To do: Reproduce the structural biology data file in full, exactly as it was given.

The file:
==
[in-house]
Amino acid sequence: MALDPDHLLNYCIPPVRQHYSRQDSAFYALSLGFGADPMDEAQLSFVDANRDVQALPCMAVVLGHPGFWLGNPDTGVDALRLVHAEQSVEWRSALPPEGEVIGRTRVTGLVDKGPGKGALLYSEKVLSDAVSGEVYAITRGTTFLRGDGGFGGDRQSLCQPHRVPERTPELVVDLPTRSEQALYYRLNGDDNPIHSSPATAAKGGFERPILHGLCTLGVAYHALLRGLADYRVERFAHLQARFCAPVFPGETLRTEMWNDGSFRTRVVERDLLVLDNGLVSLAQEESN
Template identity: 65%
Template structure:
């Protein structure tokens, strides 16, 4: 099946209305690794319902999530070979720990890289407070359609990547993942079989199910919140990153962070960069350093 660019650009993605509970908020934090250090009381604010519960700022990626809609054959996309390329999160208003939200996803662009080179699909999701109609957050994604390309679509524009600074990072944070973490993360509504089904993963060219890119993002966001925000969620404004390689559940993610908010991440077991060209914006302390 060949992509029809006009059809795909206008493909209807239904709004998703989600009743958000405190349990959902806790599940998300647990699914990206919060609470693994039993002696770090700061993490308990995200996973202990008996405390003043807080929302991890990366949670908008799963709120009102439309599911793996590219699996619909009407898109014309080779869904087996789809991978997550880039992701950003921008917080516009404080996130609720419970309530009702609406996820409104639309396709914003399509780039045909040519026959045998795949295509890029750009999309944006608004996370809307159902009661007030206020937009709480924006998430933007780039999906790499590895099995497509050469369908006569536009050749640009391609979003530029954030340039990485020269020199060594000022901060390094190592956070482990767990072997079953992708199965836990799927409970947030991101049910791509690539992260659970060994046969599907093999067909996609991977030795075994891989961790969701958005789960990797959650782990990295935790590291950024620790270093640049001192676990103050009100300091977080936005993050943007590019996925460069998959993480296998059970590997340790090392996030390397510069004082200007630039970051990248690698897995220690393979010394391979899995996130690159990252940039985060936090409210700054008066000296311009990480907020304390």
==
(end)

[in-house]
Amino acid sequence: MALDPDHLLNYCIPPVRQHYSRQDSAFYALSLGFGADPMDEAQLSFVDANRDVQALPCMAVVLGHPGFWLGNPDTGVDALRLVHAEQSVEWRSALPPEGEVIGRTRVTGLVDKGPGKGALLYSEKVLSDAVSGEVYAITRGTTFLRGDGGFGGDRQSLCQPHRVPERTPELVVDLPTRSEQALYYRLNGDDNPIHSSPATAAKGGFERPILHGLCTLGVAYHALLRGLADYRVERFAHLQARFCAPVFPGETLRTEMWNDGSFRTRVVERDLLVLDNGLVSLAQEESN
Template identity: 65%
Template structure:
């Protein structure tokens, strides 16, 4: 099946209305690794319902999530070979720990890289407070359609990547993942079989199910919140990153962070960069350093 660019650009993605509970908020934090250090009381604010519960700022990626809609054959996309390329999160208003939200996803662009080179699909999701109609957050994604390309679509524009600074990072944070973490993360509504089904993963060219890119993002966001925000969620404004390689559940993610908010991440077991060209914006302390 060949992509029809006009059809795909206008493909209807239904709004998703989600009743958000405190349990959902806790599940998300647990699914990206919060609470693994039993002696770090700061993490308990995200996973202990008996405390003043807080929302991890990366949670908008799963709120009102439309599911793996590219699996619909009407898109014309080779869904087996789809991978997550880039992701950003921008917080516009404080996130609720419970309530009702609406996820409104639309396709914003399509780039045909040519026959045998795949295509890029750009999309944006608004996370809307159902009661007030206020937009709480924006998430933007780039999906790499590895099995497509050469369908006569536009050749640009391609979003530029954030340039990485020269020199060594000022901060390094190592956070482990767990072997079953992708199965836990799927409970947030991101049910791509690539992260659970060994046969599907093999067909996609991977030795075994891989961790969701958005789960990797959650782990990295935790590291950024620790270093640049001192676990103050009100300091977080936005993050943007590019996925460069998959993480296998059970590997340790090392996030390397510069004082200007630039970051990248690698897995220690393979010394391979899995996130690159990252940039985060936090409210700054008066000296311009990480907020304390």